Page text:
Whitefish River and AOK band together to co-host Little NHL

LITTLE CURRENT—The wildly popular Little Native Hockey League (Little NHL) has grown by leaps and bounds since its humble beginnings at the Little Current Arena, expanding from a handful of local Island reserve teams bent simply on providing youth with an opportunity to play hockey and have fun, to a highly competitive major tournament, which comprised a record 167 teams last year.

So greatly has the hockey tournament grown that it long ago outstripped the capacity of Manitoulin’s ice pad and accommodations industry to host the event.

Recently, even the larger nearby communities of Sudbury and Sault Ste. Marie have proven to be too small handle the number of participants in the event. So although two Manitoulin First Nations, Whitefish River First Nation and Aundeck Omni Kaning (AOK), are the co-hosts of the 44th Annual Little NHL this year, the actual event is taking place in the City of Mississauga.

“There are not many venues in the province that can handle an event of this magnitude,” said Chief Shining Turtle (Franklin Paibomsai).

Both Chief Shining Turtle and AOK Chief Patsy Corbiere said that they did not anticipate this year’s registrations to continue to set records. “I think we are expecting something more like around 127 or so,” said Chief Corbiere. “A number of factors are coming into play there.” The cost of sending teams to the tournament being a prime factor in formulating that estimate. “It costs a huge amount to send a team,” said Chief Corbiere. “We being hosts this year, the (AOK) band is helping to sponsor the teams.” For most bands, a continuing tightening of funding from the federal government (capped at two percent annual increases for decades) limits band councils’ ability to chip in. “I think for a lot of the Northern bands it is a big strain to try and fundraise,” she said.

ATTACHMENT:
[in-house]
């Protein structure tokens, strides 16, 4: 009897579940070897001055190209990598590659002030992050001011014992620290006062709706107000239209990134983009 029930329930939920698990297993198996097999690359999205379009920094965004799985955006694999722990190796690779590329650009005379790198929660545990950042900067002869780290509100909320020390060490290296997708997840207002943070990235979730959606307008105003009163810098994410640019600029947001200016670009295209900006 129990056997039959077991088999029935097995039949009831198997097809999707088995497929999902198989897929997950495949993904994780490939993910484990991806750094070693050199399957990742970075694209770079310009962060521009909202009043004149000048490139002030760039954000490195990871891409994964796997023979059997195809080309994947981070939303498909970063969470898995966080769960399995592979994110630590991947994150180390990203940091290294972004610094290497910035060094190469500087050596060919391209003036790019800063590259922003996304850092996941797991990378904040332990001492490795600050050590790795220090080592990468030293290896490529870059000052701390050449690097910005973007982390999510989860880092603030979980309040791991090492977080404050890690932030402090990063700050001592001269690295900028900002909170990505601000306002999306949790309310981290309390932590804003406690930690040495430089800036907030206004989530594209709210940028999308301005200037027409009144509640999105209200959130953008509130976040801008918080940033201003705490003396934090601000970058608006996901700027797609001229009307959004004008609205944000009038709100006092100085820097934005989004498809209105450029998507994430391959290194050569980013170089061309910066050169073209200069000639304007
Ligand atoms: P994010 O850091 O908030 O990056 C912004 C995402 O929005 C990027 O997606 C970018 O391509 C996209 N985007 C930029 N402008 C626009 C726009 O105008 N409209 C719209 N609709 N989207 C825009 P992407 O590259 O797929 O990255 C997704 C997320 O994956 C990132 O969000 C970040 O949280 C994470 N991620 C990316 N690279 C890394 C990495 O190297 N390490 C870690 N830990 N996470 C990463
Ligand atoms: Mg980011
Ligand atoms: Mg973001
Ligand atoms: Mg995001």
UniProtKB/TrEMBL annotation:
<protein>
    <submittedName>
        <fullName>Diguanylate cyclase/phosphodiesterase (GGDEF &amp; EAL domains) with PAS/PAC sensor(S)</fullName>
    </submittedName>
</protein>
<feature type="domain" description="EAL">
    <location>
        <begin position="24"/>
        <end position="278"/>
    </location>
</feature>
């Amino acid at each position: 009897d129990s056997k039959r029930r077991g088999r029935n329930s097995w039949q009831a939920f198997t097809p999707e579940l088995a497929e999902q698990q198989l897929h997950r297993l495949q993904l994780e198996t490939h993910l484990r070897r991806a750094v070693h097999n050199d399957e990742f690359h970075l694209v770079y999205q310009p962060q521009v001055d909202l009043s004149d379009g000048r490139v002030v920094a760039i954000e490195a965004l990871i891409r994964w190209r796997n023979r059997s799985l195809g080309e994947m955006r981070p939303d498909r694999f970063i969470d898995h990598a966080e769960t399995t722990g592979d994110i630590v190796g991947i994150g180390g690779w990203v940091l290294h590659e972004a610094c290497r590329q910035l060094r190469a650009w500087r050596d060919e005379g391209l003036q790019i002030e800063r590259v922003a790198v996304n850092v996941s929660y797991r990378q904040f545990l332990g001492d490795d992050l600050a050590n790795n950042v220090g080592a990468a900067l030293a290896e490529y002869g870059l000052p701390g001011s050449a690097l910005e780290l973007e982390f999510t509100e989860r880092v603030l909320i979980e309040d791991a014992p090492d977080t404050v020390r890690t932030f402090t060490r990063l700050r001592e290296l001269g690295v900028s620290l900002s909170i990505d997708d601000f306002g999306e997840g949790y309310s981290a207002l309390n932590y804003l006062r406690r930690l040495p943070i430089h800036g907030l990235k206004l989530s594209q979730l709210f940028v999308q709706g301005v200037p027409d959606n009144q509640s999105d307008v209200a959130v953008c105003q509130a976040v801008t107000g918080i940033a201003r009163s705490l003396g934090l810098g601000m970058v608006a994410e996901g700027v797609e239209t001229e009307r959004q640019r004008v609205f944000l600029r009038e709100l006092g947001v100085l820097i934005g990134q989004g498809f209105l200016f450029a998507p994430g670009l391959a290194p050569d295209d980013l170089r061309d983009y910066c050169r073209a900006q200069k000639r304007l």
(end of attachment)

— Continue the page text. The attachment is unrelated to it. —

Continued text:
Regardless of how many teams are sent to the Little NHL this year, participants will find a significant change in how the tournament approaches its interactions with the young players, as the tournament seeks to return to its roots.

“We are getting rid of the Most Valuable Player awards,” said Chief Corbiere.

“When this tournament was started by Reverend Len Self, Earl Abotossaway, former Chief Jim Debassige, Norm Debassige and former Chief Jim McGregor it was all about the kids being able to play hockey and have fun,” explained Chief Shining Turtle. “Our kids are all all-stars and we felt that it was not fair to single out only the best players for recognition.”

Among the changes taking place this year, the organizers are hoping to have teams continue to play games after they have been eliminated from the championship rounds.

“It seemed a huge waste for teams to go all the way down there, be eliminated in the first couple of days and then not have anything to do,” said Chief Corbiere. “It seems like the tournament was starting to drift away from being about the kids.’

“It really was getting away from the spirit of why the Little NHL was originally formed,” agreed Chief Shining Turtle. “This was about Native kids being able to play hockey.”